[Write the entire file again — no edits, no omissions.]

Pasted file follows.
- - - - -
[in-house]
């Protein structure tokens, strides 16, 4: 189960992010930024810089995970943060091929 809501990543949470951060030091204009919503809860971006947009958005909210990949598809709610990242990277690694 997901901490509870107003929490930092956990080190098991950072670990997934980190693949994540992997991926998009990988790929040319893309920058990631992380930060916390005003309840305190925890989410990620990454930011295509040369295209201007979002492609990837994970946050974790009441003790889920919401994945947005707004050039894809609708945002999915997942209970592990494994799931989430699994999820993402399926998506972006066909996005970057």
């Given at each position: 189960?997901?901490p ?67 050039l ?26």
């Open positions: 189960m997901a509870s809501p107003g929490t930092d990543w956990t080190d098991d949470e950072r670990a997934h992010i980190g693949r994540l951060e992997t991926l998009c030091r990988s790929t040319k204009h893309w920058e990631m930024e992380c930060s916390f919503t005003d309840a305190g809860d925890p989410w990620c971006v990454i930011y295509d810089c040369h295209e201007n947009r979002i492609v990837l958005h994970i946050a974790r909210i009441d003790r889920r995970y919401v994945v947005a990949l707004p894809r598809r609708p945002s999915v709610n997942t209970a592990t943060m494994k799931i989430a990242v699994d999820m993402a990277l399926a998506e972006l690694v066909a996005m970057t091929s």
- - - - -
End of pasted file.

[in-house]
């Protein structure tokens, strides 16, 4: 189960992010930024810089995970943060091929 809501990543949470951060030091204009919503809860971006947009958005909210990949598809709610990242990277690694 997901901490509870107003929490930092956990080190098991950072670990997934980190693949994540992997991926998009990988790929040319893309920058990631992380930060916390005003309840305190925890989410990620990454930011295509040369295209201007979002492609990837994970946050974790009441003790889920919401994945947005707004050039894809609708945002999915997942209970592990494994799931989430699994999820993402399926998506972006066909996005970057």
């Given at each position: 189960?997901?901490p ?67 050039l ?26």
């Open positions: 189960m997901a509870s809501p107003g929490t930092d990543w956990t080190d098991d949470e950072r670990a997934h992010i980190g693949r994540l951060e992997t991926l998009c030091r990988s790929t040319k204009h893309w920058e990631m930024e992380c930060s916390f919503t005003d309840a305190g809860d925890p989410w990620c971006v990454i930011y295509d810089c040369h295209e201007n947009r979002i492609v990837l958005h994970i946050a974790r909210i009441d003790r889920r995970y919401v994945v947005a990949l707004p894809r598809r609708p945002s999915v709610n997942t209970a592990t943060m494994k799931i989430a990242v699994d999820m993402a990277l399926a998506e972006l690694v066909a996005m970057t091929s």